12. If you have a dual-column data output from your overlay, click “Chart”, and add your forecast column to the visualisation.

If you trust the released ML functionality, and do not need additional explainability from algorithm tweaking or weighing, then you will at this point have a trained prediction model.

Depending on how many forecasting periods you decided to predict, and how you choose to compare the historic with predicted, you will have something like this:

Snowflake machine learning_ML Taxi Train

Once predictions are working, a training/test split can be conducted, and quality metrics of the trained model can be derived of how well it predicts. To perform this test, train the model on only a part of the data, and calculate the deviation from each prediction

Discovering how to train the model

The responsibility of slicing your timescale, and setting up the parameters to use as input data, lies entirely with the analysts who know the data set. To gain some resemblement of your options, I would recommend training a smaller fleet of models on sliced subsets of the source data. E.g. per day, per hour and minute. The above graphic is made from a minute granularity, which in this case seems way too detailed, though presents itself beautifully.

While training multiple models, the analyst becomes familiar with the tool, and the various combinations of how time series slicings can compare each prediction.

Setting up the model for re-training on new data

Depending on use case, this interval is application-specific. But a rule of thumb would be that a lot more data should be available before retraining.

When the ideal slicing approach has been selected, make sure the data pipeline is stable and will contain the updated records when available. When this is done, select a regular interval where you would like the model to be retrained, and schedule this by placing step 2, in a Snowflake task during off-hours. Small tips:

  • Construct your data source, so base views will reflect updated data.
  • Expose an object that contains both historical and forecasted data.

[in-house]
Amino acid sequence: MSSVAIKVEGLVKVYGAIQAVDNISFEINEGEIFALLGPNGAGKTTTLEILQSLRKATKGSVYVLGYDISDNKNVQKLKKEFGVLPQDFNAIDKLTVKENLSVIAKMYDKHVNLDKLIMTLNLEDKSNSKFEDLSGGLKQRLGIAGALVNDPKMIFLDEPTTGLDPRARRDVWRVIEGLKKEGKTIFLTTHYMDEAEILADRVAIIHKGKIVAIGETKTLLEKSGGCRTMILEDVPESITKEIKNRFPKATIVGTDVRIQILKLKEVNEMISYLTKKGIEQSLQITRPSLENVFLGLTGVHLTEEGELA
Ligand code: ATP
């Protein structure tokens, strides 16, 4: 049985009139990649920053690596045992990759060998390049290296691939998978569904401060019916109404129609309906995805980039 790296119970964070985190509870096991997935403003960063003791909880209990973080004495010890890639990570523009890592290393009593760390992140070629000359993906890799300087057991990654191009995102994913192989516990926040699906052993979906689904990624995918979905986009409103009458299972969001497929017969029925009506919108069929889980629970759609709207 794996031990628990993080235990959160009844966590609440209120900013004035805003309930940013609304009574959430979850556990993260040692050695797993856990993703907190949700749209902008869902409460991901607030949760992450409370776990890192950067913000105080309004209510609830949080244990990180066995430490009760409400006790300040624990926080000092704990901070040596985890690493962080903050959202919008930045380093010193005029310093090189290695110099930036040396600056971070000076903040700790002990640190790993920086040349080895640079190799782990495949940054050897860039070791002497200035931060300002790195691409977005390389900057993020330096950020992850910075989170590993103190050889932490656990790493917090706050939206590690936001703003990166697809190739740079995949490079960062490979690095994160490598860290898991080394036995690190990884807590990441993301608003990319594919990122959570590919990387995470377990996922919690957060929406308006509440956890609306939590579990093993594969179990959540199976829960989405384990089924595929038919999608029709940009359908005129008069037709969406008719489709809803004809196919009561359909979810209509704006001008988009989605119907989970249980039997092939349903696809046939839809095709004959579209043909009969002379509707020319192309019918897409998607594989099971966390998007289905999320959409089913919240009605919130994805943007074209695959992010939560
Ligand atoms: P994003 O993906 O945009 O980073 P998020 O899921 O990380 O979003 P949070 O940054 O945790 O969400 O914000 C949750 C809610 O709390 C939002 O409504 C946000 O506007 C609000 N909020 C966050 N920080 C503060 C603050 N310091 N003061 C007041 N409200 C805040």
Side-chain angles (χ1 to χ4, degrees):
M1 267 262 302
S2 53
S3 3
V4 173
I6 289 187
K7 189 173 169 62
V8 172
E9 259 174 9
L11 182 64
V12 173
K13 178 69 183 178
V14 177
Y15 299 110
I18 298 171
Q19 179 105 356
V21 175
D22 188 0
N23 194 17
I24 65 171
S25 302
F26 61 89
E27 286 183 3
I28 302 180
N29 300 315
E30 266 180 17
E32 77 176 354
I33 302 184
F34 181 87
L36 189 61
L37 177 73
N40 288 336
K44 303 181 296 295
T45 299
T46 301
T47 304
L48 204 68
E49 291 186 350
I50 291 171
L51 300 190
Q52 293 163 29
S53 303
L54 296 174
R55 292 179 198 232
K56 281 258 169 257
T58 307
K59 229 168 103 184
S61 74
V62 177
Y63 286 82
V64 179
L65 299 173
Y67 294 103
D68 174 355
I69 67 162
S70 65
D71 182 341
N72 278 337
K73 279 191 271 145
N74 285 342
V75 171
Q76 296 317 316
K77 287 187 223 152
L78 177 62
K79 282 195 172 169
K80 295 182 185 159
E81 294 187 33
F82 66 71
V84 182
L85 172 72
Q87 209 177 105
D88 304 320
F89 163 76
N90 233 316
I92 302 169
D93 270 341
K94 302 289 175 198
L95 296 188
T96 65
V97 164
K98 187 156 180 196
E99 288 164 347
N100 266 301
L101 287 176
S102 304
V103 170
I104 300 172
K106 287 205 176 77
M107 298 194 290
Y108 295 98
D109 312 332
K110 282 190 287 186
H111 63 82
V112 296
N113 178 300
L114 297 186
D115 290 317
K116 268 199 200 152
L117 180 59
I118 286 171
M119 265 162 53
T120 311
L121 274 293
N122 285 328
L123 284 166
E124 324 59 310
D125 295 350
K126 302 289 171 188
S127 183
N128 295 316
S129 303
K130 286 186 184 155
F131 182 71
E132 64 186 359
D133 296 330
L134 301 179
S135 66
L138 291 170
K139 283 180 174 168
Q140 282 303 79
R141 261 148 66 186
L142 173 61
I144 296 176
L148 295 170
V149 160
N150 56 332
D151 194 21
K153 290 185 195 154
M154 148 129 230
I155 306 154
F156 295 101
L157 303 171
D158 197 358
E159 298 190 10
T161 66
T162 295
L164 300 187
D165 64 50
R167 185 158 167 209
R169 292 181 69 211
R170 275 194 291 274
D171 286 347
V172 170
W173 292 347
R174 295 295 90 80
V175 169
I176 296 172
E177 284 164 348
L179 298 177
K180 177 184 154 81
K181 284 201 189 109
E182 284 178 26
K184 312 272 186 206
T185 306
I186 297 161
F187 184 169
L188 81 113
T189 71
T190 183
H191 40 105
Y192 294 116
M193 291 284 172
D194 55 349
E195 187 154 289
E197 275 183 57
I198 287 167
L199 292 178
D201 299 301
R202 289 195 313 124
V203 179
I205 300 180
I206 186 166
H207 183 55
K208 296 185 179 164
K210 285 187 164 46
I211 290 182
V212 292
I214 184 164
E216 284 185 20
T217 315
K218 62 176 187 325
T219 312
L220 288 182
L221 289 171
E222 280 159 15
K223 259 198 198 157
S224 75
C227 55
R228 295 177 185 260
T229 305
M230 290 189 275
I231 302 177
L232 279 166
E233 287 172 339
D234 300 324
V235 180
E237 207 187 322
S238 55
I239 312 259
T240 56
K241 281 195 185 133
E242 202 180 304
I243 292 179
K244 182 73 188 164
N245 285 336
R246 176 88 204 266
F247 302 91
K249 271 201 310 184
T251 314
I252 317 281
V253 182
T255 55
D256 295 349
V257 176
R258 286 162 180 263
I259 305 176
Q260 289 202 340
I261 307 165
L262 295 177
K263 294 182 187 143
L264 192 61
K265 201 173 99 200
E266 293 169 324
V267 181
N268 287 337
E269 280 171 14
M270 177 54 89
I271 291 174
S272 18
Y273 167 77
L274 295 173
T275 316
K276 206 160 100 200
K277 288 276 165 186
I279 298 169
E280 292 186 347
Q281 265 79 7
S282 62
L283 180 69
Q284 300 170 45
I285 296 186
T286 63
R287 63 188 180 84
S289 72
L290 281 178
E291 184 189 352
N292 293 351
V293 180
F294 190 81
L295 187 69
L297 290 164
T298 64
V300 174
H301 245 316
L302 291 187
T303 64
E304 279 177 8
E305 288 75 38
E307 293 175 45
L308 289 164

• Use your favourite visualization tool to overlay the two time series.

Snowsight can present data natively, though additional tweaks are limited. The visualisation below, shows blue historical data, and two trained forecast models; a green with data sliced into 4 hour slots, and a yellow where the slicing is done for each day:

Snowflake machine learning_ML Taxi Train

Short term predictions are similar, but only the daily sliced seems to take an overall steady growth into consideration. They are trained on the same data points, just grouped differently for training. Cost of training were done on x–small Snowflake warehouse:

  • Green/four hour took around 6 minutes to train.
  • Yellow/daily took around 2 minutes to train.

The total of 8 minutes training time amount to less than one euro/dollar in training time, depending on your Snowflake plan. So the initially provided credits by Snowflake, should be more than sufficient in finishing a PoC.

Pitfalls when using the current version of models

A few important topics to mention, to avoid pitfall when designing a prediction model using native Snowflake ML functions:

  • All namespaces seem to currently be required in UPPERCASE.
  • Create a view for slicing/aggregations, timestamps must be unique.
  • Timestamps must not have large gaps, and adhere to “cleaned data”.
  • Regular sized warehouses can perform the training for smaller data sets, but warehouses of the SNOWPARK type will not run out of memory for training on larger datasets (for detailed minute-sliced training, I ended up with ~1 M rows, which required around 50 minutes on a medium Snowpark optimized warehouse ~6 Snowflake credits total)

If you want to learn more about the use cases that Snowflake solves or get a demo of the above, you are welcome to reach out to me by email

That’s it, go have fun with your new toys!